“When I come to this place, I am very happy. I do this for my family to pray for good health and a good future. I’ve been coming here to worship since I was in my Fifties. It’s such a peaceful place.”
The site of Hampi, in India’s southwestern state of Karnataka, was the capital of the last great Hindu Kingdom of Vijayanagar. The empire prospered between the 14th and 16th centuries and received UNESCO World Heritage status in 1986.
To this day, it remains a very popular destination – over half a million people visit Hampi every year. Some of the temples are still active places of worship.
“When I come to this place, I am very happy. I do this for my family to pray for good health and a good future. I’ve been coming here to worship since I was in my 50s. It’s such a peaceful place,” says pilgrim Maharaj Durgappa.
Manjunat Gowda is a local guide. His family has lived here for three generations. He was born and raised at the heart of the ancient empire. The temples were his playground.
“My grandparents came here 80 years ago. They settled down here. It was not a tourist destination, just a pleasant place to live. Many people would come here to worship. When pilgrims came to the temples, my grand father would offer them tea, coffee, or food, make them feel at home. He would treat them like guests of God,” he tells us.
Manjunat’s family moved a few kilometres away from the site in 2011 when the pavilion area where their house was built was cleared for restoration. He has worked as a tour guide here for 15 years.
“There are more than a thousand temples, but each one is different, because we have three different kinds of architecture. The first one is general architecture, the second is Hindu and Islamic architecture, and the third is fortifications and watchtowers like in military architecture. Hampi is a fantastic site – very beautiful,” says Manjunat.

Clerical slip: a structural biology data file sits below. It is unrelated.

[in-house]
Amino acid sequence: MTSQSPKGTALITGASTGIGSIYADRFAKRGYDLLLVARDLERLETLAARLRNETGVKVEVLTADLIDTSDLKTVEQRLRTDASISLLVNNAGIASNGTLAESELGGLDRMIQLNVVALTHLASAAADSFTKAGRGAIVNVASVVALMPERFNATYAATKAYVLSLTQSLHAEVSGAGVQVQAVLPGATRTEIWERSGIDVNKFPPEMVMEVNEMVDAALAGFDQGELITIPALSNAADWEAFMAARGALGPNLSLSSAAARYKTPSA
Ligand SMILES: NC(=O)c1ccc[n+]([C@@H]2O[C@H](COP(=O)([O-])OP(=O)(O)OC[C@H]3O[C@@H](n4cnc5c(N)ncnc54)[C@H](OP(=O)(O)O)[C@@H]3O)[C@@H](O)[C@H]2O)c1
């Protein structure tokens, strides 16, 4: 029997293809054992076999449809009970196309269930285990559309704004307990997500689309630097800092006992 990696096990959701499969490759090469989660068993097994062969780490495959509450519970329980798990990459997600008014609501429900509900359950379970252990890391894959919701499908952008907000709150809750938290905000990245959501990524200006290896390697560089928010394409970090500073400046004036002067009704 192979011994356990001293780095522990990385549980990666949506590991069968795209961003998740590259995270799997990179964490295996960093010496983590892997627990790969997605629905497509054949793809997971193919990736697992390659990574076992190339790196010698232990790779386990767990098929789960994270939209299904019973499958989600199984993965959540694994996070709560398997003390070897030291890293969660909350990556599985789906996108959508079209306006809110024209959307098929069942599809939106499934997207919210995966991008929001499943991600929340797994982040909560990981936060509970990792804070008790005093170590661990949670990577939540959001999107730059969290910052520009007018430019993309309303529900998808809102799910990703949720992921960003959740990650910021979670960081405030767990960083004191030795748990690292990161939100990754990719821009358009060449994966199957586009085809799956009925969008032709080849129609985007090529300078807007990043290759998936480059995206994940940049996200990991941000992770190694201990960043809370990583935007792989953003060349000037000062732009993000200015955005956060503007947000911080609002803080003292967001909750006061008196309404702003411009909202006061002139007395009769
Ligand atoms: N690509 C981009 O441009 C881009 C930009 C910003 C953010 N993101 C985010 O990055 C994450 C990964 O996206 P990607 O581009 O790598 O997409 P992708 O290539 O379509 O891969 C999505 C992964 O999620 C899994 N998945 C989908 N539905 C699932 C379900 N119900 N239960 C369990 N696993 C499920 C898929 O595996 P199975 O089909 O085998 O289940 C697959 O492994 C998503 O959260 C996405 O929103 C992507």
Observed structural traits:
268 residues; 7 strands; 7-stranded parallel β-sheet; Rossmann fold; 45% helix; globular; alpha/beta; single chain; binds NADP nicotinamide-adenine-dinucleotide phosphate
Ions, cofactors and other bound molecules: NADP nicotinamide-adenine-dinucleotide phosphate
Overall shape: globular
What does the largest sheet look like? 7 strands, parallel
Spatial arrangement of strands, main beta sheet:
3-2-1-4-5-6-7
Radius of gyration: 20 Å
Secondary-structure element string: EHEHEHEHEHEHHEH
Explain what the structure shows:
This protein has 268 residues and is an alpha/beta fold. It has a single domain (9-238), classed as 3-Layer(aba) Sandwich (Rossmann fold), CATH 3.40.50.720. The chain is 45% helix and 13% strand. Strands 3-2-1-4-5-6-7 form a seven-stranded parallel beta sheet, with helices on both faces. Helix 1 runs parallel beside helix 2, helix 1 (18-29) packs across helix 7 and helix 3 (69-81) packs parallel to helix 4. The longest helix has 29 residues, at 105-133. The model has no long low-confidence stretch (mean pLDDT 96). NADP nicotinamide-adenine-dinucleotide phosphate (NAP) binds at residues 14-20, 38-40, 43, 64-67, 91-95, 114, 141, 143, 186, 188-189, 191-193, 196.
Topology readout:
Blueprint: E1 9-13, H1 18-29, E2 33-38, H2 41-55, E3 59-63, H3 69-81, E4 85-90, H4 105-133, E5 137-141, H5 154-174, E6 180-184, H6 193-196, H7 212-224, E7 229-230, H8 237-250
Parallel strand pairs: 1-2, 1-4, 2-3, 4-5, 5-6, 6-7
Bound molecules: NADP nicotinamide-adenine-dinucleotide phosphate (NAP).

But the growing number of pilgrims and tourists brings new challenges. Deputy Superintending Archaeologist N.C Prakash’s main task is to restore the ruined sites but also to ensure the safety of monuments. The biggest problem today is garbage.
“We have to raise awareness among visitors because when people come here, they bring a lot of plastic, food and other things. We have installed dustbins, but knowingly or unknowingly – I don’t know – they don’t use the dustbins. So cleanliness really is something we have to raise awareness about,” he explains.
A group of locals is taking the issue seriously and has decided to get its hands dirty. Kiran Kumar runs a family guesthouse near the Virupaksha Temple. He and his friends join in to help keep the place clean.
“We have a responsibility to keep Hampi clean,” he tells us. “So with my friends here, we clean the place. We’ve been doing this work for many years. We have an organisation called the Citizens’ Rights Protection Forum, which we started in 2003. So we clean places like the riverbed, or the waterfalls area or the area around some other monument.”
It is not hard to imagine just how magnificent Hampi was in its glory days. It is a mythical site that bears witness to a rich history, whose beauty and integrity must be preserved for future generations.